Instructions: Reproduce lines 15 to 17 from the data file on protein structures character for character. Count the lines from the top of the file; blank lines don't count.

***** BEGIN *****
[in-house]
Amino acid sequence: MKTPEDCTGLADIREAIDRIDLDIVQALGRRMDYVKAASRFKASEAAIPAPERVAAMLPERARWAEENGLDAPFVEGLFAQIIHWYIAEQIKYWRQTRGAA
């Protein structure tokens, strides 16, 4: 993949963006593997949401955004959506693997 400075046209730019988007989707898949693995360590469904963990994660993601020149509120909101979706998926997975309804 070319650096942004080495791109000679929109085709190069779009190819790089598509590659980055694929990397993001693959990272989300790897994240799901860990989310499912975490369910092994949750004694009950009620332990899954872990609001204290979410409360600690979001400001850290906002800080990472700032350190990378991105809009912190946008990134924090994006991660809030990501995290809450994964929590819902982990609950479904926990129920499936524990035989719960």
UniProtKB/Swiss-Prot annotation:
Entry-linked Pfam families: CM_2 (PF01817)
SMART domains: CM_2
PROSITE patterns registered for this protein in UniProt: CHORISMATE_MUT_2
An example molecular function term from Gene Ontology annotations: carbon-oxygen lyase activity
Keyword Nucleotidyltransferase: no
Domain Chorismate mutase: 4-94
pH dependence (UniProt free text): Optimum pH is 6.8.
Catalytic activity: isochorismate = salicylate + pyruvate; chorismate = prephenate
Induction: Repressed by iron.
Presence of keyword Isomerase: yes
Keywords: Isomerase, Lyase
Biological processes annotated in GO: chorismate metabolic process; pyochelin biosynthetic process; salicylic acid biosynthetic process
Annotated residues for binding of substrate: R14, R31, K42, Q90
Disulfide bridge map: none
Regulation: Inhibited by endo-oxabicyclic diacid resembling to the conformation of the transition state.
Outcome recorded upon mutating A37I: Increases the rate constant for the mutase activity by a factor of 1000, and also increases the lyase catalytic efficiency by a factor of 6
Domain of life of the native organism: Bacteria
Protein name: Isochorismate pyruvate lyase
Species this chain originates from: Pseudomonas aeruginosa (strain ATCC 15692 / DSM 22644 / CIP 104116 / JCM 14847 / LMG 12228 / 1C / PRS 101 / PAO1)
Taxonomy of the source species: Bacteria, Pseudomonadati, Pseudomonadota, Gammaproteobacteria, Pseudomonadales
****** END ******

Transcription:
Keywords: Isomerase, Lyase
Biological processes annotated in GO: chorismate metabolic process; pyochelin biosynthetic process; salicylic acid biosynthetic process
Annotated residues for binding of substrate: R14, R31, K42, Q90